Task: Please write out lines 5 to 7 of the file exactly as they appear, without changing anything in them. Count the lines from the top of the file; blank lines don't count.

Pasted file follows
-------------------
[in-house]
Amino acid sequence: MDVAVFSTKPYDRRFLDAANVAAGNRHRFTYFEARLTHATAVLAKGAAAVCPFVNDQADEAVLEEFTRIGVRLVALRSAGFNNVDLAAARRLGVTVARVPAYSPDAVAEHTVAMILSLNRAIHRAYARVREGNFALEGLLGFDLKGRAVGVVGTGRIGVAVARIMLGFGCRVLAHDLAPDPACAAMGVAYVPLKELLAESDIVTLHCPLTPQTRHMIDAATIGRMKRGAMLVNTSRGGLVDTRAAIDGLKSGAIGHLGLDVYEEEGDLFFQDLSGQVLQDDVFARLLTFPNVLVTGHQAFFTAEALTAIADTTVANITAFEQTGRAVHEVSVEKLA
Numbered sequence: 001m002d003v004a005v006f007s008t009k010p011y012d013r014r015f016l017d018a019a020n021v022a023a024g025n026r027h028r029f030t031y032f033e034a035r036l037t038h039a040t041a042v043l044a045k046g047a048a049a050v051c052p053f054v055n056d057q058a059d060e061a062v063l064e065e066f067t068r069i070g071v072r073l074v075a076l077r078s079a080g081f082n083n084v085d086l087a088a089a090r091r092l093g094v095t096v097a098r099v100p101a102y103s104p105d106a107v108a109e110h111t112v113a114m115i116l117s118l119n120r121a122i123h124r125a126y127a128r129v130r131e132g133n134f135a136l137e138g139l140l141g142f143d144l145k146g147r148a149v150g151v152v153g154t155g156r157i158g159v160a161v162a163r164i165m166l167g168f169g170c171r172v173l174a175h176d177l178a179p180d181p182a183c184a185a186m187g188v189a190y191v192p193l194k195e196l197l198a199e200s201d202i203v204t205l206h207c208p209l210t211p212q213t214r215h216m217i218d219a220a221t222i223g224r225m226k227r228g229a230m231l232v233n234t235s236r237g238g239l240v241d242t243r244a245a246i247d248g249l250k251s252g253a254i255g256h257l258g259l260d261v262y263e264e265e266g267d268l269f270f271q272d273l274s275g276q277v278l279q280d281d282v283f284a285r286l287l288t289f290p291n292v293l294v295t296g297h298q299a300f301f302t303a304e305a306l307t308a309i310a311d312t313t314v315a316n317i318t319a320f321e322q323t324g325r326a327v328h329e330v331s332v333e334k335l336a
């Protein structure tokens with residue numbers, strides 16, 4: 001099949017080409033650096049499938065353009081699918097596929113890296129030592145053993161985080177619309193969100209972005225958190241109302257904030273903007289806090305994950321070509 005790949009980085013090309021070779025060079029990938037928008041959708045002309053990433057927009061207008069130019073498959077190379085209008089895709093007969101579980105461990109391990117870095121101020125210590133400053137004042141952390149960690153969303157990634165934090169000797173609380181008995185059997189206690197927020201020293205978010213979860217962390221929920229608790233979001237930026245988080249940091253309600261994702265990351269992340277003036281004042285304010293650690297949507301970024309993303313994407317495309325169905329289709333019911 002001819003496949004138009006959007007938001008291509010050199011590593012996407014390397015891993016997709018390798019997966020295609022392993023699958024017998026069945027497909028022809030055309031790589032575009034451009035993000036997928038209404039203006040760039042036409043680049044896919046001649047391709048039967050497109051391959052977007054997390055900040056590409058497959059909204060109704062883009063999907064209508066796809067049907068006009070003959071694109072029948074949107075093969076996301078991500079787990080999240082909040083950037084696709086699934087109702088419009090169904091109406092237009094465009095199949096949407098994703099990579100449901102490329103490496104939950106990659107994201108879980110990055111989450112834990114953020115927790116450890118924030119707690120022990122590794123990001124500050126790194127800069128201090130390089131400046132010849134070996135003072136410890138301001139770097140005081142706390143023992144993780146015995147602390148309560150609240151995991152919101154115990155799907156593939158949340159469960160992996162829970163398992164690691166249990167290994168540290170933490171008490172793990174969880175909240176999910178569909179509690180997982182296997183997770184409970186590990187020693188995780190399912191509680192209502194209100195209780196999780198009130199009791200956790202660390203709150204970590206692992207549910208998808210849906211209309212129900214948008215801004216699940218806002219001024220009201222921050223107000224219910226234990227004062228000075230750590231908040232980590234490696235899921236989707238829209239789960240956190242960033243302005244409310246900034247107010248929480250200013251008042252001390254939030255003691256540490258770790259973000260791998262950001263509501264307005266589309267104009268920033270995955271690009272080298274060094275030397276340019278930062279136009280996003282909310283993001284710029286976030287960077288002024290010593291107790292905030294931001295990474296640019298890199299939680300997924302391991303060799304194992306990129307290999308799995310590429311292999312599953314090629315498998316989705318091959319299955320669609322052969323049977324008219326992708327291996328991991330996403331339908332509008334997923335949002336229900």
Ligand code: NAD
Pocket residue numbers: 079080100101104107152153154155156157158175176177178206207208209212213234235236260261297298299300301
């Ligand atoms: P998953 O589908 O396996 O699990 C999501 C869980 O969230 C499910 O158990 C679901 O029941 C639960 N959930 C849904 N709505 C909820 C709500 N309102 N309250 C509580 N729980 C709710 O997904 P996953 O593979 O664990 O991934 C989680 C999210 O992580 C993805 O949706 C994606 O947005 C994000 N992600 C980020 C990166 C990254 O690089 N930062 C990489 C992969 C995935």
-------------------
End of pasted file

Ligand code: NAD
Pocket residue numbers: 079080100101104107152153154155156157158175176177178206207208209212213234235236260261297298299300301
């Ligand atoms: P998953 O589908 O396996 O699990 C999501 C869980 O969230 C499910 O158990 C679901 O029941 C639960 N959930 C849904 N709505 C909820 C709500 N309102 N309250 C509580 N729980 C709710 O997904 P996953 O593979 O664990 O991934 C989680 C999210 O992580 C993805 O949706 C994606 O947005 C994000 N992600 C980020 C990166 C990254 O690089 N930062 C990489 C992969 C995935």